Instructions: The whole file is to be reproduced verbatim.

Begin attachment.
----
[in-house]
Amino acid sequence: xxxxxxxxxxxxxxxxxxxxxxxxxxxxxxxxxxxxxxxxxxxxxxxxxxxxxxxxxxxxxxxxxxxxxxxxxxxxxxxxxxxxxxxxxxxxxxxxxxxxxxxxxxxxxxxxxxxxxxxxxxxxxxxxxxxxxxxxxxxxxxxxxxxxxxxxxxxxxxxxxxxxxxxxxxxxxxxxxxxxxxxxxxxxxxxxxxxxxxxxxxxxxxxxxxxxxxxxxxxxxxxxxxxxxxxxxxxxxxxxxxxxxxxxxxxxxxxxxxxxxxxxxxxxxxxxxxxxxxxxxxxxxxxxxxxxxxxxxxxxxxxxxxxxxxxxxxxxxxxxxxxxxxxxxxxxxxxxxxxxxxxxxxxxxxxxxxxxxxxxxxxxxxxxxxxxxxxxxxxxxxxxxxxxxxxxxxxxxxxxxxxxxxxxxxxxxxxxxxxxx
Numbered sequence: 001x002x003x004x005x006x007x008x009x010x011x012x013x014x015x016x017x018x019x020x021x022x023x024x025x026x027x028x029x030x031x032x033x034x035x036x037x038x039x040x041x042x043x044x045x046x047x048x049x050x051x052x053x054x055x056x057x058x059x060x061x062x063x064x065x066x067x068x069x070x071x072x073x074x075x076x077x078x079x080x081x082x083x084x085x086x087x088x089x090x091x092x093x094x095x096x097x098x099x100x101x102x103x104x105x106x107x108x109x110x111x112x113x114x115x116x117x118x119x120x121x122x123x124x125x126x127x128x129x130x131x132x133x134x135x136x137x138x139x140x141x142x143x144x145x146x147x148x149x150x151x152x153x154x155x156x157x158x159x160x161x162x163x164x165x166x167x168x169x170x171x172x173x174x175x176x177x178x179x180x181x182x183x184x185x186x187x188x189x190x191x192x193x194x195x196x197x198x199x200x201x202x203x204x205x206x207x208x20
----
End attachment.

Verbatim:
[in-house]
Amino acid sequence: xxxxxxxxxxxxxxxxxxxxxxxxxxxxxxxxxxxxxxxxxxxxxxxxxxxxxxxxxxxxxxxxxxxxxxxxxxxxxxxxxxxxxxxxxxxxxxxxxxxxxxxxxxxxxxxxxxxxxxxxxxxxxxxxxxxxxxxxxxxxxxxxxxxxxxxxxxxxxxxxxxxxxxxxxxxxxxxxxxxxxxxxxxxxxxxxxxxxxxxxxxxxxxxxxxxxxxxxxxxxxxxxxxxxxxxxxxxxxxxxxxxxxxxxxxxxxxxxxxxxxxxxxxxxxxxxxxxxxxxxxxxxxxxxxxxxxxxxxxxxxxxxxxxxxxxxxxxxxxxxxxxxxxxxxxxxxxxxxxxxxxxxxxxxxxxxxxxxxxxxxxxxxxxxxxxxxxxxxxxxxxxxxxxxxxxxxxxxxxxxxxxxxxxxxxxxxxxxxxxxx
Numbered sequence: 001x002x003x004x005x006x007x008x009x010x011x012x013x014x015x016x017x018x019x020x021x022x023x024x025x026x027x028x029x030x031x032x033x034x035x036x037x038x039x040x041x042x043x044x045x046x047x048x049x050x051x052x053x054x055x056x057x058x059x060x061x062x063x064x065x066x067x068x069x070x071x072x073x074x075x076x077x078x079x080x081x082x083x084x085x086x087x088x089x090x091x092x093x094x095x096x097x098x099x100x101x102x103x104x105x106x107x108x109x110x111x112x113x114x115x116x117x118x119x120x121x122x123x124x125x126x127x128x129x130x131x132x133x134x135x136x137x138x139x140x141x142x143x144x145x146x147x148x149x150x151x152x153x154x155x156x157x158x159x160x161x162x163x164x165x166x167x168x169x170x171x172x173x174x175x176x177x178x179x180x181x182x183x184x185x186x187x188x189x190x191x192x193x194x195x196x197x198x199x200x201x202x203x204x205x206x207x208x20